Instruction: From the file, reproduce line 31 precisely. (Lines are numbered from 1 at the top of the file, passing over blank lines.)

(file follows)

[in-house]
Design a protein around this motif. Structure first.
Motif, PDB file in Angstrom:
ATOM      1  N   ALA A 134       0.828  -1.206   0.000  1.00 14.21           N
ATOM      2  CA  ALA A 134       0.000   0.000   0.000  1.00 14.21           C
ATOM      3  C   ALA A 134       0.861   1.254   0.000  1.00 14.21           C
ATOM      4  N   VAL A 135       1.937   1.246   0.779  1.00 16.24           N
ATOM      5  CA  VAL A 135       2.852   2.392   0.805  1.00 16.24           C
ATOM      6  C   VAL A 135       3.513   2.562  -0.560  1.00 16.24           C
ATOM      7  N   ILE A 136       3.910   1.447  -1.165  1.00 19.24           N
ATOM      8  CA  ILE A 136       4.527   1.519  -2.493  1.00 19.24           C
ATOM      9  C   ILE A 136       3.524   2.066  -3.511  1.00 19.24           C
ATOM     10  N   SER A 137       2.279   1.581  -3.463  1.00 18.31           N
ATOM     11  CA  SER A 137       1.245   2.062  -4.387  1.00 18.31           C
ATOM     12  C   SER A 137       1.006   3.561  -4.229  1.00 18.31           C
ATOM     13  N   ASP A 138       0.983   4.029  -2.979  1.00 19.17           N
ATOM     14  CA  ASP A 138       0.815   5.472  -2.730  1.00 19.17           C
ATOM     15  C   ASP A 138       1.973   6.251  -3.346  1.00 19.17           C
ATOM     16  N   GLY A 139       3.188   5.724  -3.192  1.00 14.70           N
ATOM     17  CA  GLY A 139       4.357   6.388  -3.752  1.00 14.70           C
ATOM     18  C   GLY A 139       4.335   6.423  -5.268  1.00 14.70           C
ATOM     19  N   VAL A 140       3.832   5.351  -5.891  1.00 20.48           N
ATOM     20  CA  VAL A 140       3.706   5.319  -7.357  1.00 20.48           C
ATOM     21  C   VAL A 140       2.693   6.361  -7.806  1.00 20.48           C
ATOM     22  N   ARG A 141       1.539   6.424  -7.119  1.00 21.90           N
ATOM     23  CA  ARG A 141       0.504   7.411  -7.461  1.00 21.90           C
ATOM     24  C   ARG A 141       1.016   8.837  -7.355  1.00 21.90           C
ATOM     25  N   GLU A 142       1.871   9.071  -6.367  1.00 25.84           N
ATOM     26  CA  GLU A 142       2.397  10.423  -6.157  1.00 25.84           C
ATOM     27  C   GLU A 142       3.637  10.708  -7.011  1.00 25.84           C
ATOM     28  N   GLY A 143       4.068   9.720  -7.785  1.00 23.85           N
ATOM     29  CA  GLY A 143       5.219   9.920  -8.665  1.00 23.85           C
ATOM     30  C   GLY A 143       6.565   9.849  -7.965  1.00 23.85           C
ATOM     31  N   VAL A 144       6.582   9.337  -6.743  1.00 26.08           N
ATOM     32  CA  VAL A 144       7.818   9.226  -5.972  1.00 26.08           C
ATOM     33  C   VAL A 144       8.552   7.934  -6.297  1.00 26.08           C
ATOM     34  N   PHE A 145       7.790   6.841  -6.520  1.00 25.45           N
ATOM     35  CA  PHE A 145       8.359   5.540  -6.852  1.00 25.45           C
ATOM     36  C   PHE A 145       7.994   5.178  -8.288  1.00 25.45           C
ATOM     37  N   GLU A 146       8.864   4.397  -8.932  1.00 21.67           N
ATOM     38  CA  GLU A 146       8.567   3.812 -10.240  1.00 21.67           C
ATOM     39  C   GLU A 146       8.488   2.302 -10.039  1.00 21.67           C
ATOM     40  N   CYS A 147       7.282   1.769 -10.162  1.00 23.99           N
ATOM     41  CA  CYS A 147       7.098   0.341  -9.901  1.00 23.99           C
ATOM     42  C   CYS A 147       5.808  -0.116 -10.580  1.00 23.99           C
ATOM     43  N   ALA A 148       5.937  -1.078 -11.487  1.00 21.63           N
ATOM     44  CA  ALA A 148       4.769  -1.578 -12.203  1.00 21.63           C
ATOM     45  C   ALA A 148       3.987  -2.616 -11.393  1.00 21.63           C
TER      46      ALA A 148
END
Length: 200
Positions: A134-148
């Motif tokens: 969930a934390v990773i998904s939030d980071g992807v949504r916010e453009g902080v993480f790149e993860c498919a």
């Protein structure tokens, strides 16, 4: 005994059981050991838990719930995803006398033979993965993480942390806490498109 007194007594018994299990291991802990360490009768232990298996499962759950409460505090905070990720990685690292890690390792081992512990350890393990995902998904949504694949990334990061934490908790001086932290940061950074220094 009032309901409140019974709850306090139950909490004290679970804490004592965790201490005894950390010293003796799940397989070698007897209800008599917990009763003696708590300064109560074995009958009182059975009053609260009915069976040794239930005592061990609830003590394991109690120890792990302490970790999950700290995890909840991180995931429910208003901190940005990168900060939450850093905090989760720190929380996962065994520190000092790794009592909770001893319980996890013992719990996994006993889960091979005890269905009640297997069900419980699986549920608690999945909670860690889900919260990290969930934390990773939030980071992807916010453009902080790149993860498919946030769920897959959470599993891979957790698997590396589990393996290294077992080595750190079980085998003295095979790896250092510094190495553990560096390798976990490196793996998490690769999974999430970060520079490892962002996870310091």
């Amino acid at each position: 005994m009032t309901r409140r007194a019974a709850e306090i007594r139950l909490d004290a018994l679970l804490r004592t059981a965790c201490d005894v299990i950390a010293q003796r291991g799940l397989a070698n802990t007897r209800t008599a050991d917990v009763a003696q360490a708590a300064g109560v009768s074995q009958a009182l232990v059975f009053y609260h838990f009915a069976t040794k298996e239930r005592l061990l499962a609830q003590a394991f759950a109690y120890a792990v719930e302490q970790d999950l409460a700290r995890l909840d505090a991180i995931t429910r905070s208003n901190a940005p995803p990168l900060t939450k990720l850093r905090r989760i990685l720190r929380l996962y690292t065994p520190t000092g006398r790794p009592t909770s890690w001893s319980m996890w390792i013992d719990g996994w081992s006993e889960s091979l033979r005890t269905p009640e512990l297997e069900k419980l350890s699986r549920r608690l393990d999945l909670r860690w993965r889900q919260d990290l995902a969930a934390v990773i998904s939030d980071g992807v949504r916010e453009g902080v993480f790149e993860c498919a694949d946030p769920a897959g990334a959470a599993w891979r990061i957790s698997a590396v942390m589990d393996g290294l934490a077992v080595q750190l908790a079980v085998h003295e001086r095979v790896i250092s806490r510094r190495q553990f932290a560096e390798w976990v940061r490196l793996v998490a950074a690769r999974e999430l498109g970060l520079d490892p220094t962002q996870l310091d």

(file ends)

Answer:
ATOM     28  N   GLY A 143       4.068   9.720  -7.785  1.00 23.85           N